Day-After effect: Listless and sore in the morning, but much better after detox
Thoughts: The clear winner. I’ve always read that hard liquor is the best choice because it’s distilled (totally yeast-free), but hadn’t had the cajones to say “F U” to my liver after all these years of compromising it with illness and babying it with liver support supplements and coffee. In the name of science, I stopped being a liver prude for 1 night and got a legitimate buzz for the first time in almost a decade. Literally, this is probably the happiest a human being has ever been watching a movie about medieval war strategy. The most impressive part: I was functional the next day on 6 hours of sleep.
I think the real culprit for immediate symptoms of alcohol intolerance is yeast, and possibly mycotoxins. I think the wine gave me less inflammation than the beer because of lower yeast. Hard alcohol eliminates both these issues (and was the only one that didn’t give me gut issues), so with hard alcohol, I suspect that symptoms here are an equation of how fast you detox the alcohol.
Since I’m on Paleo, I went with 100% agave tequila instead of grain-based liquor like Vodka. I drank this in the form of Robb Wolf’s Norcal Margarita and it went down without a hitch. The lime in the recipe blunts the insulin response caused by the alcohol. Robb also recommends rum with coconut water.
Get Outta Here!
Here’s the case where I would recommend a one-night stand: make the alcohol to GTFO after tonight’s fun.
To make sure you metabolize the alcohol, the enzyme aldehyde dehydrogenase, or ALDH, is the enzyme present in your liver that changes alcohol from a toxic substance into acetic acid, also known as vinegar. Life Extension’s Anti-Alcohol Antioxidants looks like it may support this enzyme and other antioxidants that neutralize toxic alcohol metabolites, but I haven’t tried it. (Disclaimer: I have no financial interest in or affiliation with this product.)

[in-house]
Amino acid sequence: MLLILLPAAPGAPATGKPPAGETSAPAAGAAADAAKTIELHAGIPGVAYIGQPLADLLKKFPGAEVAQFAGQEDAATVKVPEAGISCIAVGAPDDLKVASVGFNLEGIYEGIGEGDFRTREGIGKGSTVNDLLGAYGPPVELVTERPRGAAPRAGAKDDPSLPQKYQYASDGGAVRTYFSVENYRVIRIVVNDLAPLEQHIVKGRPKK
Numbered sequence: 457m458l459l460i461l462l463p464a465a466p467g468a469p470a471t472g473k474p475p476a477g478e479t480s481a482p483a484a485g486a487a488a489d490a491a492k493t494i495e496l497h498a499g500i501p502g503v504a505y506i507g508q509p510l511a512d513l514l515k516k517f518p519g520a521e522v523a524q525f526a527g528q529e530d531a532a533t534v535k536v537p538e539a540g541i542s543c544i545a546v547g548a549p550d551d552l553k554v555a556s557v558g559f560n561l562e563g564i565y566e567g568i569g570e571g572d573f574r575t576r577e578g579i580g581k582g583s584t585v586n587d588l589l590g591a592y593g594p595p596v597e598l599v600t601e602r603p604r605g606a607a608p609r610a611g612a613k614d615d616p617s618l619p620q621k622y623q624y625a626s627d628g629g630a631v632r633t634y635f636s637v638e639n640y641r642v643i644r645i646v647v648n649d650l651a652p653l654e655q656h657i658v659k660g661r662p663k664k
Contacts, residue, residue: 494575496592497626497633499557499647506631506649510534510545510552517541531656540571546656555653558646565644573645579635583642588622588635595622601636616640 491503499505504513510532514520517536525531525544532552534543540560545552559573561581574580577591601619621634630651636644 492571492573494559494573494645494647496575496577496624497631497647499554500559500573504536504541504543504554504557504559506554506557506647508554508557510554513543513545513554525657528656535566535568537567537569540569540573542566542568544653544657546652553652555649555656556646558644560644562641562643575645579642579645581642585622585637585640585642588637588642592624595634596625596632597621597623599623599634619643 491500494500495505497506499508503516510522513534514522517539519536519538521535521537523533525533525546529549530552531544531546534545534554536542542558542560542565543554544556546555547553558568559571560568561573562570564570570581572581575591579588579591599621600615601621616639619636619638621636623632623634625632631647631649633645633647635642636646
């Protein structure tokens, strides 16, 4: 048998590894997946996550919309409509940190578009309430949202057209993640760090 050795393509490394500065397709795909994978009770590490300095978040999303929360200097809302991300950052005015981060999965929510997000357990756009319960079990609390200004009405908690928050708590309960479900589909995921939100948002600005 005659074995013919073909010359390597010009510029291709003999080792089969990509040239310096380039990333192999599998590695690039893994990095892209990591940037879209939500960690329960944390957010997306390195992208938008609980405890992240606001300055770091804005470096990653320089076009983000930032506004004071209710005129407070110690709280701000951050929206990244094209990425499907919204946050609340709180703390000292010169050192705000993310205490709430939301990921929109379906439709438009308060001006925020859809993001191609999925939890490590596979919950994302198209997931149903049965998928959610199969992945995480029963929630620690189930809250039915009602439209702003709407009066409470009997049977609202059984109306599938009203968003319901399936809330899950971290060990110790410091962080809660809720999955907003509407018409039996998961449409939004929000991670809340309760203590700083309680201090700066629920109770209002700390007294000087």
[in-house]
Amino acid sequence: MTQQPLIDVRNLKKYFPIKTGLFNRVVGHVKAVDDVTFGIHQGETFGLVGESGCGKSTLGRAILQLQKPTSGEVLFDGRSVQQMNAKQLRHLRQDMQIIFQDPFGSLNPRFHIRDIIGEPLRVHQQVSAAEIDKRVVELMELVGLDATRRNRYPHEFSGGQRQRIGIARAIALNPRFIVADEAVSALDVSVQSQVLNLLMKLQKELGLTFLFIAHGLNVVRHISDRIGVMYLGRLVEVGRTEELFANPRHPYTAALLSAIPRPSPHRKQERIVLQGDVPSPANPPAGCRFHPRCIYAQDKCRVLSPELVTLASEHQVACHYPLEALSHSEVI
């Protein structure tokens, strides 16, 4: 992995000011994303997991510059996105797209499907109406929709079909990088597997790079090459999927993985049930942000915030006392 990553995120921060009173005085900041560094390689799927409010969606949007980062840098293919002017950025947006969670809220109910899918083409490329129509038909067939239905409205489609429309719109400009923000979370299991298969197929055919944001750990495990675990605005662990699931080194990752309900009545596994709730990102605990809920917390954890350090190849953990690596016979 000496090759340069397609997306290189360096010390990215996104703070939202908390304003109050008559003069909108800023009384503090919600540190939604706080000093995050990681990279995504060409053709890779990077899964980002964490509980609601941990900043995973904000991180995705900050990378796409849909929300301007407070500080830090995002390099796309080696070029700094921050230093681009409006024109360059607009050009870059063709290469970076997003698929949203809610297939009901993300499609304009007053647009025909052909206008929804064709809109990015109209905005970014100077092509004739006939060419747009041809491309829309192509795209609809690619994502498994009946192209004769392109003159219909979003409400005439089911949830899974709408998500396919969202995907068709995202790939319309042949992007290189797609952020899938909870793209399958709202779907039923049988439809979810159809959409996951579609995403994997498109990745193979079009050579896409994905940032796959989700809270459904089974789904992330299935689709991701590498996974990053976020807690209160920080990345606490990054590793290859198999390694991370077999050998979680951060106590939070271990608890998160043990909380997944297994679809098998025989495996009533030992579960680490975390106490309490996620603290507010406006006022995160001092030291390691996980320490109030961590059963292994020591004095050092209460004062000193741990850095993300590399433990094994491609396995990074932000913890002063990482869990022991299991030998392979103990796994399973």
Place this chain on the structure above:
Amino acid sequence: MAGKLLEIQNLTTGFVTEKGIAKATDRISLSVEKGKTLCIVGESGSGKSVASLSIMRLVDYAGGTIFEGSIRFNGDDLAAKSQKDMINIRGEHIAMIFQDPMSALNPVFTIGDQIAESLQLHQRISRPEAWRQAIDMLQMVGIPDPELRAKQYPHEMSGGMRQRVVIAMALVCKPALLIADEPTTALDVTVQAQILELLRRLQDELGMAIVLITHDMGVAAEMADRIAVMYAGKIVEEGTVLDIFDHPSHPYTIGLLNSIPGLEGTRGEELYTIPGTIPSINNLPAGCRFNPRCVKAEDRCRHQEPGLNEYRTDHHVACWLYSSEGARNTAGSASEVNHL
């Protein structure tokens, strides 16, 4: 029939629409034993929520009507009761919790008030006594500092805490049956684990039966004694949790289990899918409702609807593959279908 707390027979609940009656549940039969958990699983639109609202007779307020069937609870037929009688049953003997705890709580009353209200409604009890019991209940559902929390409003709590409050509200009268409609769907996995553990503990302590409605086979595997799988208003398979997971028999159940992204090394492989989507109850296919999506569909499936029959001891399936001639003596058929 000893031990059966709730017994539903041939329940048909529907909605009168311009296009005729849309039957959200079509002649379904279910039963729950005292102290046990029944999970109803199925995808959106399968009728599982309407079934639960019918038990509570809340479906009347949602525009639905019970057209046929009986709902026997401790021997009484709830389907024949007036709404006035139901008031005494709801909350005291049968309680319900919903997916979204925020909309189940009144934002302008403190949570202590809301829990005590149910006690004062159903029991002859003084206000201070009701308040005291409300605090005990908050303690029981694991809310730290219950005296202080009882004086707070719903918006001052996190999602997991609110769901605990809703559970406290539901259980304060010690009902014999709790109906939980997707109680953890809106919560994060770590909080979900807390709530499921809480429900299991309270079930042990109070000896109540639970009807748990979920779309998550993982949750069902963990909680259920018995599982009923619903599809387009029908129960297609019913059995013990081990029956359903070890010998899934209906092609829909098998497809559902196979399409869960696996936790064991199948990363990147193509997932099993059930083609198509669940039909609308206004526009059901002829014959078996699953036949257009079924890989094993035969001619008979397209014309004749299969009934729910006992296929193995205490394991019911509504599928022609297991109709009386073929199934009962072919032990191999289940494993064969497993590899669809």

Cholestyramine or other binders plus a coffee enema the next morning may go a long way to clearing the toxins and making sure they’re not reabsorbed. After I took CSM, my soreness and brain fog went away. If drinking in the evening causes insomnia, drink earlier in the day. Ignore (or embrace!) the cries of “drinking in the afternoon…you an alcoholic?” Alcoholism, much like a stutter, will cause your peers to underestimate you, giving you a leg up in battle.
Pre-Party: Eat high fat before drinking! The fatty acids will line your stomach and slow down absorption of alcohol, giving your body more time to break down the toxins.
After-Party: Eat high-cysteine foodslike eggs after drinking. Cysteine helps break down aldehyde.
No matter how you cut it, alcohol isn’t healthy so I’ll keep to 1x a week. There’s also a fine line between getaway and dependence. But there’s also something to be said for the health benefits of socializing, laughing, being spontaneous, all of which are side effects of debauchery. To my fellow patient warriors: hopefully my little experiment will carry over to good times for you. You deserve it.